Two years ago this week the Sun let off one of its periodic solar flares, and a new analysis of its force shows that human civilization had a very near miss indeed.
"If it had hit, we would still be picking up the pieces," said Daniel Baker of the University of Colorado this week.
On 23 July 2012, two coronal mass ejections (CME) burst out of the Sun's surface within 15 minutes of each other and headed out into space at more than 3,000km per second. If they had erupted nine days earlier Earth would have been directly in its path. Instead, NASA's Solar Terrestrial Relations Observatory (STEREO) satellite was perfectly positioned to record the blast.
For a paper [PDF] in the journal Space Weather, scientists analyzed the data from STEREO and found that the CMEs were the largest yet measured – and could even have exceeded the notorious 1859 Carrington event. Had they hit us, the resulting electromagnetic disturbance could have taken out most of the GPS network, communications satellites, electrical grids and some servers.
The Carrington Event, named after the British astronomer who spotted the CME, hit Earth in August 1859, back when electrical systems were in their infancy. It burnt out telegraph systems across Europe and the US - setting fire to some buildings - and extended the aurora borealis as far south as Cuba.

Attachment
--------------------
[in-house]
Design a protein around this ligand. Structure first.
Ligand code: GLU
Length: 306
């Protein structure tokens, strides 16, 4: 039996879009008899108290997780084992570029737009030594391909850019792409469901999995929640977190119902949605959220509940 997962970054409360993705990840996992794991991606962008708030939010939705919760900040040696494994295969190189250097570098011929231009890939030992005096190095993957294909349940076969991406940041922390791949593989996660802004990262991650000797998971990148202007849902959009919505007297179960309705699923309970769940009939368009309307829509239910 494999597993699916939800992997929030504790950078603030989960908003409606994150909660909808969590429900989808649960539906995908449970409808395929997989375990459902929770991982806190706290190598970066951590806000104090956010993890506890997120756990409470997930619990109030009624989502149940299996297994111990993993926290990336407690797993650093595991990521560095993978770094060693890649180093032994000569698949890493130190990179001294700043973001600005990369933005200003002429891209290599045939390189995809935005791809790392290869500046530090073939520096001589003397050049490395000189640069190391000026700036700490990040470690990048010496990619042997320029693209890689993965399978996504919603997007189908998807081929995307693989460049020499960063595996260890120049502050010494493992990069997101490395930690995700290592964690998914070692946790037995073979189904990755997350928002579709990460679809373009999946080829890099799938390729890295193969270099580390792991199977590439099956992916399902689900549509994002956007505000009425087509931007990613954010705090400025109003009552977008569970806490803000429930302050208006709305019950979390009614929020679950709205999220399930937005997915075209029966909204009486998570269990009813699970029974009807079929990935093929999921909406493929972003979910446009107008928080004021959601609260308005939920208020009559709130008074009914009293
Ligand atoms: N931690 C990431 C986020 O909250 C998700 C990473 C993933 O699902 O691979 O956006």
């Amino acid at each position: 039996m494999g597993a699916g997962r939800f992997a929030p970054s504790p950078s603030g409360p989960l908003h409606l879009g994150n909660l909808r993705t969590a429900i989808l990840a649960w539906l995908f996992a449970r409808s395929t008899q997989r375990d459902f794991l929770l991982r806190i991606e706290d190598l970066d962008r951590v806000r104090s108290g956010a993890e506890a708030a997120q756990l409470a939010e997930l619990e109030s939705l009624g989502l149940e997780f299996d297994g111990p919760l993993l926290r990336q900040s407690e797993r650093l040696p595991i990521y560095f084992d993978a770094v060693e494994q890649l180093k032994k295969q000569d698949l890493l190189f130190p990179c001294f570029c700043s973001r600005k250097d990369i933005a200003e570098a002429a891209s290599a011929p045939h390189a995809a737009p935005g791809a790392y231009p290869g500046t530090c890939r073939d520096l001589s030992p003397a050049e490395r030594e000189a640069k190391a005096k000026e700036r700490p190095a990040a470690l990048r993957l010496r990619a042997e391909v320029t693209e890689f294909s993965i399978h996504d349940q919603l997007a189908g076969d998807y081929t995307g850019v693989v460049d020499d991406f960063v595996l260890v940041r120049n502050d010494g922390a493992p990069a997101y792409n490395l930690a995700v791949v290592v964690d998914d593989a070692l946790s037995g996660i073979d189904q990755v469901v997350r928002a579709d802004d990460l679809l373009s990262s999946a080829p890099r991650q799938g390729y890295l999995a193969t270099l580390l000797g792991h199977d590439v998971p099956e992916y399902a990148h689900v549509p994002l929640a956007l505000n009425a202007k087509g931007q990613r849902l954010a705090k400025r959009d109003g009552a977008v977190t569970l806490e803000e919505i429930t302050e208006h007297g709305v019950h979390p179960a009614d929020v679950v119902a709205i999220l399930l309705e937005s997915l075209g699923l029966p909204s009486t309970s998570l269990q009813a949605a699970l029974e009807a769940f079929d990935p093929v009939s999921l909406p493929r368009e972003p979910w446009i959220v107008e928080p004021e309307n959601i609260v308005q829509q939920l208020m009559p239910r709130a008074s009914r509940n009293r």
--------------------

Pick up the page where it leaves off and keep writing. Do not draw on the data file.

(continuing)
"In my view, the July 2012 storm was in all respects at least as strong as the 1859 Carrington event," said Baker. "The only difference is, it missed."
These days we are much more dependent on electronics that would be harmed by CMEs of this type. According to a study by the National Academy of Sciences, the total economic impact could exceed $2 trillion if a similar solar storm hit us today and the ensuing chaos would cost millions of lives as electrical grids failed.
"We believe that the 23 July 2012 solar storm was a 'shot across the bow' for policy makers and space weather professionals," the paper's authors conclude.
"The event gave a very clear and credible representation of how severe the solar space weather drivers can be; it gave direct observational values for solar wind forcing parameters with in situ STEREO data; and it did this when the Earth, other planets, and most space hardware were in a completely different sector of the heliosphere, so most assets were out of harm's way."
Of course, had NASA not bothered to place solar listening stations around the Sun, we never would have known quite how serious the CMEs were. But we may not be so lucky next time, and research published in February by physicist Pete Riley shows solar storms of this magnitude are more common than first thought.
Riley went through the last 50 years of solar data and calculated that the chances of a Carrington-class storm hitting Earth over a decade were 12 per cent.
"Initially, I was quite surprised that the odds were so high, but the statistics appear to be correct," said Riley. "It is a sobering figure." ®